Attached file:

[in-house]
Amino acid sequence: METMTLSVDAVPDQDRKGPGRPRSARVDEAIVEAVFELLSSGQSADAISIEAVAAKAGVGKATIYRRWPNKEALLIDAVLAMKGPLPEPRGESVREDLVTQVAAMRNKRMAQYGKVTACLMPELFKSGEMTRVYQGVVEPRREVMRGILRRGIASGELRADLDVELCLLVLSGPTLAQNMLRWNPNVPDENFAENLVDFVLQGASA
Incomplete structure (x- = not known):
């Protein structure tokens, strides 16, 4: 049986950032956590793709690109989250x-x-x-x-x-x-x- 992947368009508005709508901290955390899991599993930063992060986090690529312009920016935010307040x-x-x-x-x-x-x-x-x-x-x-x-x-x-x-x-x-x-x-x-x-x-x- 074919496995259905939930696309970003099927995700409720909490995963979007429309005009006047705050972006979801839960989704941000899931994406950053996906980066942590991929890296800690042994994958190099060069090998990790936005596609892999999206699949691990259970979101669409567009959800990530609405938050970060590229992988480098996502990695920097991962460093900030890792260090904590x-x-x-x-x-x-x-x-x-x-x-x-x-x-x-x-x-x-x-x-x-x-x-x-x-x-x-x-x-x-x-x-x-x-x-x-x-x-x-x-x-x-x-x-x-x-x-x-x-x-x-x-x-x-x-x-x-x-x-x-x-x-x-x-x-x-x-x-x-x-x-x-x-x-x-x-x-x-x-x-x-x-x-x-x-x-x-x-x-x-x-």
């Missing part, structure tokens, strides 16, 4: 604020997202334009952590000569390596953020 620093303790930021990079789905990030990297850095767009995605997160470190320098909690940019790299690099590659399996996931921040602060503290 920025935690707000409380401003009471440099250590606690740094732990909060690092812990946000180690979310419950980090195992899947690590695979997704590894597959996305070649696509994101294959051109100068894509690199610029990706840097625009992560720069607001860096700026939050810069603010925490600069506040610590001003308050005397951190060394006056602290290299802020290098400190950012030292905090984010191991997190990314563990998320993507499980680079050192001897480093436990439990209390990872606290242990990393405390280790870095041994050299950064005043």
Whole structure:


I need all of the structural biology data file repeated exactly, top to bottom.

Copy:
[in-house]
Amino acid sequence: METMTLSVDAVPDQDRKGPGRPRSARVDEAIVEAVFELLSSGQSADAISIEAVAAKAGVGKATIYRRWPNKEALLIDAVLAMKGPLPEPRGESVREDLVTQVAAMRNKRMAQYGKVTACLMPELFKSGEMTRVYQGVVEPRREVMRGILRRGIASGELRADLDVELCLLVLSGPTLAQNMLRWNPNVPDENFAENLVDFVLQGASA
Incomplete structure (x- = not known):
């Protein structure tokens, strides 16, 4: 049986950032956590793709690109989250x-x-x-x-x-x-x- 992947368009508005709508901290955390899991599993930063992060986090690529312009920016935010307040x-x-x-x-x-x-x-x-x-x-x-x-x-x-x-x-x-x-x-x-x-x-x- 074919496995259905939930696309970003099927995700409720909490995963979007429309005009006047705050972006979801839960989704941000899931994406950053996906980066942590991929890296800690042994994958190099060069090998990790936005596609892999999206699949691990259970979101669409567009959800990530609405938050970060590229992988480098996502990695920097991962460093900030890792260090904590x-x-x-x-x-x-x-x-x-x-x-x-x-x-x-x-x-x-x-x-x-x-x-x-x-x-x-x-x-x-x-x-x-x-x-x-x-x-x-x-x-x-x-x-x-x-x-x-x-x-x-x-x-x-x-x-x-x-x-x-x-x-x-x-x-x-x-x-x-x-x-x-x-x-x-x-x-x-x-x-x-x-x-x-x-x-x-x-x-x-x-």
């Missing part, structure tokens, strides 16, 4: 604020997202334009952590000569390596953020 620093303790930021990079789905990030990297850095767009995605997160470190320098909690940019790299690099590659399996996931921040602060503290 920025935690707000409380401003009471440099250590606690740094732990909060690092812990946000180690979310419950980090195992899947690590695979997704590894597959996305070649696509994101294959051109100068894509690199610029990706840097625009992560720069607001860096700026939050810069603010925490600069506040610590001003308050005397951190060394006056602290290299802020290098400190950012030292905090984010191991997190990314563990998320993507499980680079050192001897480093436990439990209390990872606290242990990393405390280790870095041994050299950064005043």
Whole structure: